The Hillhouse Avenue Historic District forms the surviving middle portion of a larger fashionable nineteenth-century residential neighborhood, the southern and northern portions of which were systematically redeveloped between the latter decades of the nineteenth century and the 1970s. With the exception of the Dana House and lot at 24 Hillhouse Avenue, the blocks flanking the entire southern half of Hillhouse Avenue were excluded from the district since the residences built here in the nineteenth century were demolished and replaced by later structures designed solely for institutional use. To the north, on the knoll which rises above the northern side of Sachem Street, stands Yale University's twentieth-century Pierson-Sage complex dominated by Philip Johnson's 1964 Kline Biology Tower. Formerly the site of James Abraham Hillhouse's expansive Sachem's Wood estate, the square flanked by this complex designed for institutional use fortunately remains open at its southern end, preserving the green space at the northern terminus of Hillhouse Avenue which fronted James A. Hillhouse's 1829 mansion prior to its demolition in 1942. The Hillhouse Avenue Historic District's eastern edge is visually defined by the change in scale, siting and/or usage which takes place between district buildings and those found along the eastern side of Whitney Avenue. The western boundary of the Hillhouse Avenue Historic District is defined by a similar transition which takes place along Prospect Street.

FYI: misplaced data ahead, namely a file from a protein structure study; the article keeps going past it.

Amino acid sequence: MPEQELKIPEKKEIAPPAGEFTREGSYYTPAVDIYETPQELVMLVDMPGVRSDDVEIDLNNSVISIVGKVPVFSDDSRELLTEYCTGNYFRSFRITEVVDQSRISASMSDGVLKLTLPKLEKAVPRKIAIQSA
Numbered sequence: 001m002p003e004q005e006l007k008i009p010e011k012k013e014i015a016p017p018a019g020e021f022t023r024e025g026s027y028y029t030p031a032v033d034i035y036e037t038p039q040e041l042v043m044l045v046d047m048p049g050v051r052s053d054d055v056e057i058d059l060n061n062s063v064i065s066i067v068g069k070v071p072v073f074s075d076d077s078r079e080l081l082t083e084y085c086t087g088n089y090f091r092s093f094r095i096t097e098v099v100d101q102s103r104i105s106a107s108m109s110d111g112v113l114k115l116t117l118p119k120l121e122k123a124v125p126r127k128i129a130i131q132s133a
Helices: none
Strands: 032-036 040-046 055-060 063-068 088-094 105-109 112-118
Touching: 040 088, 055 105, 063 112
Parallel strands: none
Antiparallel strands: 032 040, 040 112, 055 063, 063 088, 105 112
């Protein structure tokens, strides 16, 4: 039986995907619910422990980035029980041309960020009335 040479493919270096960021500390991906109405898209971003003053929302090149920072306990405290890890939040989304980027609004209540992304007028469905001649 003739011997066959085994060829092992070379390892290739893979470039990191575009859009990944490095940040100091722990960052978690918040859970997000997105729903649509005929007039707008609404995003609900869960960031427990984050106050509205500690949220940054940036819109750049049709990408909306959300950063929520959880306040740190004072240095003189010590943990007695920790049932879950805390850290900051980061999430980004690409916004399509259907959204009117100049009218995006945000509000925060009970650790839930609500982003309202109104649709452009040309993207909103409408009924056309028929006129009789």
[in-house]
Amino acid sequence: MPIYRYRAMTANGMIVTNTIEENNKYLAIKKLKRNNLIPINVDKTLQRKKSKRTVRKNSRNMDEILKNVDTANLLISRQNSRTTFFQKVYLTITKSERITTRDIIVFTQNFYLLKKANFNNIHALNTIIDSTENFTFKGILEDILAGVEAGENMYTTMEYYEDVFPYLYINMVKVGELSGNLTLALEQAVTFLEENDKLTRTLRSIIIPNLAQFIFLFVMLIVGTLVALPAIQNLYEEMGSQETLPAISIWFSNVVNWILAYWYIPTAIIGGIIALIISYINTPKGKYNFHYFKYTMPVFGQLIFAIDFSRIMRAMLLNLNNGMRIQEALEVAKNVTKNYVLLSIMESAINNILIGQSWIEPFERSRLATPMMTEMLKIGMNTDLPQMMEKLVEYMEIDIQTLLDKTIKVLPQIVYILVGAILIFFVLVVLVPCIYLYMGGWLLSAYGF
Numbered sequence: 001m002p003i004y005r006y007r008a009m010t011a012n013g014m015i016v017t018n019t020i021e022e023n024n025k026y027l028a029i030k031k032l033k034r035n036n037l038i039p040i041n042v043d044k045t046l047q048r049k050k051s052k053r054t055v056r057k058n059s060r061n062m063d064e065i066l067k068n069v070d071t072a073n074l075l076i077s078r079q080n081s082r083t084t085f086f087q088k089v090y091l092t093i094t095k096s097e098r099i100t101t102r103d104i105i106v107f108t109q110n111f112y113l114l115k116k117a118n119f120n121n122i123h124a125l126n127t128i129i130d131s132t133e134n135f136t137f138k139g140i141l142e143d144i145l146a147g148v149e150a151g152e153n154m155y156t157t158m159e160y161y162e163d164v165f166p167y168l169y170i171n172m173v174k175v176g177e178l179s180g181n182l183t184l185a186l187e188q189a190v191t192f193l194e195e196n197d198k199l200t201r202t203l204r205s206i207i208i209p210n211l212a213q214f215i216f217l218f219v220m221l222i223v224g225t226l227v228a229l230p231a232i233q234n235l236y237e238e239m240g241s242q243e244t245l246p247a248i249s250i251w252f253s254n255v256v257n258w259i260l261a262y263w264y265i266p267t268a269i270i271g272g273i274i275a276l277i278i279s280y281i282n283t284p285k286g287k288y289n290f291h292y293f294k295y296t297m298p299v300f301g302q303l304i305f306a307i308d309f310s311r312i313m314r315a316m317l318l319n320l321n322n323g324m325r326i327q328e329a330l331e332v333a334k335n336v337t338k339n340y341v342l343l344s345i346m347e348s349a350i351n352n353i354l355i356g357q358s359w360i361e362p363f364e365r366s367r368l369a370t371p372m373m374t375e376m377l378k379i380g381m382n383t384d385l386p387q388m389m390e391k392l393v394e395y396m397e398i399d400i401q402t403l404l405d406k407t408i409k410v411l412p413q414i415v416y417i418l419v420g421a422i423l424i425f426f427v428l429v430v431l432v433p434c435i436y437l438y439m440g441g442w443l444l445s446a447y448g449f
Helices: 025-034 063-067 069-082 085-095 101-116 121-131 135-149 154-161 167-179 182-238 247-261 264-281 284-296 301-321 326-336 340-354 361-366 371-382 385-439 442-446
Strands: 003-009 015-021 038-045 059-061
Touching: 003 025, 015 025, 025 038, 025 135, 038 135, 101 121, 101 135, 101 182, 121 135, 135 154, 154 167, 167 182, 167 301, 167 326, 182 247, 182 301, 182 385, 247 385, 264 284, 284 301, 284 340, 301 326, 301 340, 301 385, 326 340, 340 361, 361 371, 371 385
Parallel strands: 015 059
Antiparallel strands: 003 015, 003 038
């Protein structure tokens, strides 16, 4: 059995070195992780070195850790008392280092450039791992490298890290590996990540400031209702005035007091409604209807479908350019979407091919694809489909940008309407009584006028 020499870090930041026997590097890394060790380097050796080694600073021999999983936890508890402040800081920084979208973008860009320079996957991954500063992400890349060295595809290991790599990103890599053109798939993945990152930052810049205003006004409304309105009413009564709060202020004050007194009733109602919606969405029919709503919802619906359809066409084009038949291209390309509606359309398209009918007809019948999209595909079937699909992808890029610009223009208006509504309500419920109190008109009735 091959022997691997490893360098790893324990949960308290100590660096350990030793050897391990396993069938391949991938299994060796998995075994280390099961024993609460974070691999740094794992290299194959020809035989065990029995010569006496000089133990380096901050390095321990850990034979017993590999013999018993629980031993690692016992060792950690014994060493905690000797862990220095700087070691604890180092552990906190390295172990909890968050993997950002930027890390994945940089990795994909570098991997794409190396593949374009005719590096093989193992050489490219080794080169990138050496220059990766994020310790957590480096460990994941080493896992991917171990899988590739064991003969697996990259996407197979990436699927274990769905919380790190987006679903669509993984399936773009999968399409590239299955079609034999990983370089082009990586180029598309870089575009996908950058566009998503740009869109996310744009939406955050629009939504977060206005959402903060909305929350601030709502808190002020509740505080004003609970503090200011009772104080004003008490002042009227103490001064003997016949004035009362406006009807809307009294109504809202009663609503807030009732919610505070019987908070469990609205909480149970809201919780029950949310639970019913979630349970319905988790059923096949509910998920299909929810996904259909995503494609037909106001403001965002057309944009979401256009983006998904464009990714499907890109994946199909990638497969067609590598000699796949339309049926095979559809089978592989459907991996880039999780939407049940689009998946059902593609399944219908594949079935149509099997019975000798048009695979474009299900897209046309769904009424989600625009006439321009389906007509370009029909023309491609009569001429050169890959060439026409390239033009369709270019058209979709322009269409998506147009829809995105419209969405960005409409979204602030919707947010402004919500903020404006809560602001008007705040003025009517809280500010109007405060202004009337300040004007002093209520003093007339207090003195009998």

The Hillhouse Avenue Historic District encompasses the most complete and best-preserved contiguous array of high-style nineteenth- and early twentieth-century suburban villa architecture surviving in the City of New Haven. The Hillhouse Avenue Historic District also ranks as one of the finest extant examples of its type in the State of Connecticut. A high proportion of the buildings included within the Hillhouse Avenue Historic District stand as examples of the work of architects of national and local renown. The Hillhouse Avenue Historic District's development was both conceived and initiated under the auspices of James Hillhouse, one of the most prominent civic leaders and urban programmers in late eighteenth/early nineteenth-century New Haven.